Tibor Kozma

From Wikipedia, the free encyclopedia
Jump to navigation Jump to search
Tibor Kozma
Tibor kozma.png
Portrait of Tibor Kozma.
Born1909 (1909)
Died(1976-03-24)March 24, 1976
OccupationConductor, pianist, accompanist, and vocal coach

Tibor Kozma (1909 - 24 March 1976) was an American conductor, pianist, accompanist, and vocal coach of Hungarian birth. He began his career as an opera conductor in Europe and Ecuador before emigrating to the United States in 1941; ultimately becoming a United States citizen in 1945.[1] He worked as a conductor, accompanist, and vocal coach in New York City during the 1940s and 1950s, notably serving on the conducting staff of the Metropolitan Opera from 1950-1957. He then had a successful teaching career at the Jacobs School of Music at Indiana University from 1957 until his death 19 years later.


Born in Budapest, Kozma graduated from the Franz Liszt Academy of Music in 1931. He then pursued further studies in Dresden at the Hochschule für Musik "Carl Maria von Weber" in the orchestral program associated with the Sächsische Staatskapelle Dresden.[2] After graduating in 1933 he worked as an opera conductor in Europe.[3]

At the outbreak of World War II, Kozma left Europe to join the conducting staff at the opera house in Quito, Ecuador in 1939. In 1941 he emigrated to the United States and settled in New York City. He began his career there working as a conductor and vocal coach for Broadway productions, notably conducting Porgy and Bess and Eva Le Gallienne's production of Alice and Wonderland. He also conducted the first national tour of Carmen Jones and worked as an accompanist, notably playing for tenor Leslie Chabay in his New York City recital debut in 1950. In 1948 he became a vocal coach at the Metropolitan Opera, eventually joining the conducting staff in 1950.[3]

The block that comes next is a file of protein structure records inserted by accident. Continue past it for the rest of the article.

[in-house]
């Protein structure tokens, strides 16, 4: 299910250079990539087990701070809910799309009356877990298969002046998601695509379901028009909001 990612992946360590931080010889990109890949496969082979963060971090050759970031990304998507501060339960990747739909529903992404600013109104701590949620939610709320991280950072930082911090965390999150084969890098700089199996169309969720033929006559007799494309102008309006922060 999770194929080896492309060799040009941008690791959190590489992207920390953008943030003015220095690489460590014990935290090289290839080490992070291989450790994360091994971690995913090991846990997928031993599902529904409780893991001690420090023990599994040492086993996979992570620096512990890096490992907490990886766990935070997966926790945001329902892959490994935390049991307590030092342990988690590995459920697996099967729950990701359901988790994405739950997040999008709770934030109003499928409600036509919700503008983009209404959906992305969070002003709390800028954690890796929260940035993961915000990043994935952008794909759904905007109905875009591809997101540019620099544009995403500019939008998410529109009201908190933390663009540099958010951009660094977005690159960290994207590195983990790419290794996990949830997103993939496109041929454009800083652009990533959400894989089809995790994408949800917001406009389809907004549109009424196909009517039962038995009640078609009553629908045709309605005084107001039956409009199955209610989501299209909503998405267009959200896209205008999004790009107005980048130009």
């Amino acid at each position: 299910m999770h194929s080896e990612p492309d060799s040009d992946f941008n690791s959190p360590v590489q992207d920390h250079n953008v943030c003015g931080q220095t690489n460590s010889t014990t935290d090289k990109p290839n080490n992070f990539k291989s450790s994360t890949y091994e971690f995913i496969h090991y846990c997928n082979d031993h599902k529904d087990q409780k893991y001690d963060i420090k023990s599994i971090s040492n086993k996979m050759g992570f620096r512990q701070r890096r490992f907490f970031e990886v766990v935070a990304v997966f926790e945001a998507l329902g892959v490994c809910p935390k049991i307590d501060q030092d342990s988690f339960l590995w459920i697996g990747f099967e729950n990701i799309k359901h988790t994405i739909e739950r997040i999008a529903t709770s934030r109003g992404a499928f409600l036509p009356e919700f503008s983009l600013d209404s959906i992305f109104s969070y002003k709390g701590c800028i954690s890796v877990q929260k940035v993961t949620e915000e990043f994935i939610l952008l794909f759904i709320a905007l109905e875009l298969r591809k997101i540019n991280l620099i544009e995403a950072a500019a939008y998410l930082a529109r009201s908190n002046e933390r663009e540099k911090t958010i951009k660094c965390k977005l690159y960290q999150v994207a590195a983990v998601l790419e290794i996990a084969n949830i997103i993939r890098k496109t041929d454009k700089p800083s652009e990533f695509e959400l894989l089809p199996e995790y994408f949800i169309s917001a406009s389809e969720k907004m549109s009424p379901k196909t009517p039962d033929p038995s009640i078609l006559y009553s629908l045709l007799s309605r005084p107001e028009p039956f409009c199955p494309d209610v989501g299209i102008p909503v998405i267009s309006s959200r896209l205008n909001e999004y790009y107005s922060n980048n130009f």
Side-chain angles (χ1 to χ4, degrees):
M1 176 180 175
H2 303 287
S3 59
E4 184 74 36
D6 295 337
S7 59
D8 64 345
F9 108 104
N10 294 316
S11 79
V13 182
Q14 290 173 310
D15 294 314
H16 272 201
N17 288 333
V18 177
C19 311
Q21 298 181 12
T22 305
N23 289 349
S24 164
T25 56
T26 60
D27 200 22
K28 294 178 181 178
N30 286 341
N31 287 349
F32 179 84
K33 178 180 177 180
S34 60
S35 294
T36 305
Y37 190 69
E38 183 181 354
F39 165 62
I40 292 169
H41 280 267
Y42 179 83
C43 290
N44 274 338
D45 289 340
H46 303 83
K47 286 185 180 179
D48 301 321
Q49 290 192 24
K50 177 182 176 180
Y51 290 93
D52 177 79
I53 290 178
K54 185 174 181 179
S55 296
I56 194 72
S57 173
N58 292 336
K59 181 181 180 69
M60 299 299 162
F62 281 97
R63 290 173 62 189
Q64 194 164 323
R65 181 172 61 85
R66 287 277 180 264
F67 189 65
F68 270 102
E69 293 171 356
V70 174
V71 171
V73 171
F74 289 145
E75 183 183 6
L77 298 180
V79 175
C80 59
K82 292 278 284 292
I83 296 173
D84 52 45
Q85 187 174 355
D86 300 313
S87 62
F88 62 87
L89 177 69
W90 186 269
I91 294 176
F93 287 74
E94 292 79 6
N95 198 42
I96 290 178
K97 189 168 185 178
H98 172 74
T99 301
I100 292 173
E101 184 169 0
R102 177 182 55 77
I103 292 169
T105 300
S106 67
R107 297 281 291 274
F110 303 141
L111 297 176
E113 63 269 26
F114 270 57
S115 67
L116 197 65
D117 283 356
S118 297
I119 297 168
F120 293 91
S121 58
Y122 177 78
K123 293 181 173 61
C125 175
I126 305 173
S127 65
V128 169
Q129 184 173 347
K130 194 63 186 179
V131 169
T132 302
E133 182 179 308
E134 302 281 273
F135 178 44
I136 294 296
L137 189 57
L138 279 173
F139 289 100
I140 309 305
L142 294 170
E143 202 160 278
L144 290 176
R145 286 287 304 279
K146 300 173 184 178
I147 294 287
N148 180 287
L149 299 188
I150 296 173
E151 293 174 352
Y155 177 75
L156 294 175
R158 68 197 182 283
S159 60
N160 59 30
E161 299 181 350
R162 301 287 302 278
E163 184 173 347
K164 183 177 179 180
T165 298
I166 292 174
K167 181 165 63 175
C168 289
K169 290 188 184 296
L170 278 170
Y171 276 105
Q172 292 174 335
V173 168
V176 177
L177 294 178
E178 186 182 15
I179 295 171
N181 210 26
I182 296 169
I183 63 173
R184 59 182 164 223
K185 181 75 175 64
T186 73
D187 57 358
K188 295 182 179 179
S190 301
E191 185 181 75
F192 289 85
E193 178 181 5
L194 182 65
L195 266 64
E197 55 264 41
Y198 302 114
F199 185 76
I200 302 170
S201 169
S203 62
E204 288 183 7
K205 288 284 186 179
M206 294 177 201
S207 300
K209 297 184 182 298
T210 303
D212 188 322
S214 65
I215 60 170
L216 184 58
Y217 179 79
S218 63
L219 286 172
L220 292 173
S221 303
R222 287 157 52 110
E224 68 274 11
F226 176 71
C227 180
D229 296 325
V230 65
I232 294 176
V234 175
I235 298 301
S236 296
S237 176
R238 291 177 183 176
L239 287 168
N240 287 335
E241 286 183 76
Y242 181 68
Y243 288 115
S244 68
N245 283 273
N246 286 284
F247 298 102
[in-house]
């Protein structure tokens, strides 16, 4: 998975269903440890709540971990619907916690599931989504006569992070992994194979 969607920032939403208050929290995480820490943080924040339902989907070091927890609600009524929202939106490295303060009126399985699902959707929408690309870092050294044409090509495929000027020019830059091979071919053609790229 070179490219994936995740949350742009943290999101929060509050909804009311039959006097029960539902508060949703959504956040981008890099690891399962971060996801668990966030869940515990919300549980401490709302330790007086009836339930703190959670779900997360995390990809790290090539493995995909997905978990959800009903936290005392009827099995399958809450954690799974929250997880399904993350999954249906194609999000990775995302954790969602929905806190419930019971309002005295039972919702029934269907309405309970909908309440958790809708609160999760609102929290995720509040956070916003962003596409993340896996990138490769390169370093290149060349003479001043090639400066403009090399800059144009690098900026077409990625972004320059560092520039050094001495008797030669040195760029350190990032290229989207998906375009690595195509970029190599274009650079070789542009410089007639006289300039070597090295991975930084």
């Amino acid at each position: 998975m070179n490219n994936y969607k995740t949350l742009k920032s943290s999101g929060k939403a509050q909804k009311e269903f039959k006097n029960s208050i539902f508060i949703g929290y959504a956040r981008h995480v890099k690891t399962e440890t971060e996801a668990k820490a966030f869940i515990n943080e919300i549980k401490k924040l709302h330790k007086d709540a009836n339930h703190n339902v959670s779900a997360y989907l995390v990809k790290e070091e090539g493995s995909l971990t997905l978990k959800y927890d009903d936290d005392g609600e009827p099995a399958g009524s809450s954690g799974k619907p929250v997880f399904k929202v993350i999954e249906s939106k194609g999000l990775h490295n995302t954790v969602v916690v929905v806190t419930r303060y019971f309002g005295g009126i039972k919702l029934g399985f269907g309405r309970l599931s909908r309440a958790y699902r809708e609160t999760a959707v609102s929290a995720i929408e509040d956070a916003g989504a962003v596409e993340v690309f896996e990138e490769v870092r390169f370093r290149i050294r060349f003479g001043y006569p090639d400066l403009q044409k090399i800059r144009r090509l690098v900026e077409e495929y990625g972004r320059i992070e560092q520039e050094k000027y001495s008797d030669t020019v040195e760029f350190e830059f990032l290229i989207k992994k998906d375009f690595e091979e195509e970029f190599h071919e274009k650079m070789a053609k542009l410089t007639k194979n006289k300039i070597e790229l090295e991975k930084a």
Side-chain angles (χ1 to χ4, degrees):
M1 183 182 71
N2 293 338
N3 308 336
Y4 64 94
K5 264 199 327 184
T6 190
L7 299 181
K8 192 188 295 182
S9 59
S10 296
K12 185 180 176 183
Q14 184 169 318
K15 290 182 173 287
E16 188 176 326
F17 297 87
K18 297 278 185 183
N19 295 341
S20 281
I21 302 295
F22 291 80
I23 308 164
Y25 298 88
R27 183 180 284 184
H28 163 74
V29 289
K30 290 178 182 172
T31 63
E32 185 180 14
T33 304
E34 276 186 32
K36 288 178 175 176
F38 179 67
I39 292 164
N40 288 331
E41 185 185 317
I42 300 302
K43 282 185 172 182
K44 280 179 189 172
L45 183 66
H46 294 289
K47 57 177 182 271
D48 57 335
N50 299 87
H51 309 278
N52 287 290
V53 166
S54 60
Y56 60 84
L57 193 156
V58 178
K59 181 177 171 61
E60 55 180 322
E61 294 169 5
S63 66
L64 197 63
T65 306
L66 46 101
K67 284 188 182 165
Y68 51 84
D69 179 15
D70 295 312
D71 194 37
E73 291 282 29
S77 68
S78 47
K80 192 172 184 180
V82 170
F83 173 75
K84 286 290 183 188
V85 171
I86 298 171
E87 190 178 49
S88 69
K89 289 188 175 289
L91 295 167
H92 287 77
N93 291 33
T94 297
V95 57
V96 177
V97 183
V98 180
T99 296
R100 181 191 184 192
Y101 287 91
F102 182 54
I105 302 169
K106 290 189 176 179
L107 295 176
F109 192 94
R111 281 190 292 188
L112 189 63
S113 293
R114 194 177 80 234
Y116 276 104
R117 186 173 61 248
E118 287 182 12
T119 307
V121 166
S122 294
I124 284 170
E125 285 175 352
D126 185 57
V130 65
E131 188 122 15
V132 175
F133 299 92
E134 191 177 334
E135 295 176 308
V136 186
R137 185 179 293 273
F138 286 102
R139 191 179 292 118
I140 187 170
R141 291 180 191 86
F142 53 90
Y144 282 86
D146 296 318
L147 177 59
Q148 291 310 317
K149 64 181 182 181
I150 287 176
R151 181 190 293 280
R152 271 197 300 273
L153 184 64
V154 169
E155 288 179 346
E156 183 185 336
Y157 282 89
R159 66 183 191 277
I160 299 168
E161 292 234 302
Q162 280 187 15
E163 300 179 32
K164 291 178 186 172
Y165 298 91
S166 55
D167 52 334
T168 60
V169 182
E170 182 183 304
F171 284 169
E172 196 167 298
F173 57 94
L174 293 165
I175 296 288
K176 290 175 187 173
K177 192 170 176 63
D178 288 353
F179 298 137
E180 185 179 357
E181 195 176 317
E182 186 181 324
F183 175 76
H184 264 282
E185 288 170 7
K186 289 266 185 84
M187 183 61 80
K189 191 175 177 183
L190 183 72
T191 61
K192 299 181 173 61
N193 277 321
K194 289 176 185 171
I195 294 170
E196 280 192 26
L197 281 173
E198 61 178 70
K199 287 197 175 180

Kozma made his conducting debut at the Metropolitan Opera House on January 4, 1951, leading a production of Johann Strauss II's Die Fledermaus with a cast that included Marguerite Piazza as Rosalinde, Set Svanholm as Eisenstein, Patrice Munsel as Adele, Eugene Conley as Alfred, and Jarmila Novotná as Prince Orlofsky. He conducted a total of 82 performances at the house over the next six years, including performances of Modest Mussorgsky's Boris Godunov (with Jerome Hines and Nell Rankin), Georges Bizet's Carmen (with Risë Stevens and Richard Tucker), Ruggero Leoncavallo's Pagliacci (with Lucine Amara, Ramon Vinay, and Robert Merrill), Giuseppe Verdi's Un ballo in maschera (with Zinka Milanov, Jan Peerce, Roberta Peters, and Marian Anderson), Wolfgang Amadeus Mozart's Die Zauberflöte (with Theodor Uppman and Mildred Allen), and Richard Wagner's Die Meistersinger von Nürnberg (with Otto Edelmann, Albert Da Costa, and Martha Lipton). His final assignment at the Met was on March 30, 1957, conducting Giacomo Puccini's La Bohème with Dorothy Kirsten as Mimì, Richard Tucker as Rodolfo, Laurel Hurley as Musetta, and Ettore Bastianini as Marcello.[4]

Outside of the Met, Kozma was active as a conductor at the Empire State Music Festival during the 1950s.[3] On July 1, 1954 he conducted a concert version of Johann Strauss II's Die Fledermaus at the Lewisohn Stadium with Lois Hunt as Adele, Regina Resnik as Rosalinda, Charles Kullman as Alfred, and Betty Allen as Prince Orlofsky.[5] In 1960 he led Birgit Nilsson in concert at Carnegie Hall. He also worked as a guest conductor at a number of European opera houses during the 1950s and 1960s.[3]

Kozma left the Metropolitan Opera staff to join the music faculty at Indiana University for the Fall semester of 1957. He served as the head of the school's conducting and opera theatre programs, leading the Indiana University Philharmonic and the Indiana University Opera Theatre until his death in a car crash in Bloomington, Indiana in 1976.[3] In his will he left his large collection of books and musical scores, the "Kozma Collection", to the music library at Indiana University.[2]


  1. ^ Kozma, Tibor (1963). "Music vs the Majority". Music journal. 21: 50.
  2. ^ a b Biography of Kozma at Indiana University
  3. ^ a b c d e "TIBOR KOZMA DEAD; EX-MET CONDUCTOR". The New York Times. March 26, 1976.
  4. ^ Metropolitan Opera Archives
  5. ^ "STADIUM TO OFFER 'DIE FLEDERMAUS'; Opera in Concert Form Will Be First of 'Special' Bills -Italian Program Slated". The New York Times. May 7, 1954.

External links[edit]

Tibor Kozma at the Internet Broadway Database Edit this at Wikidata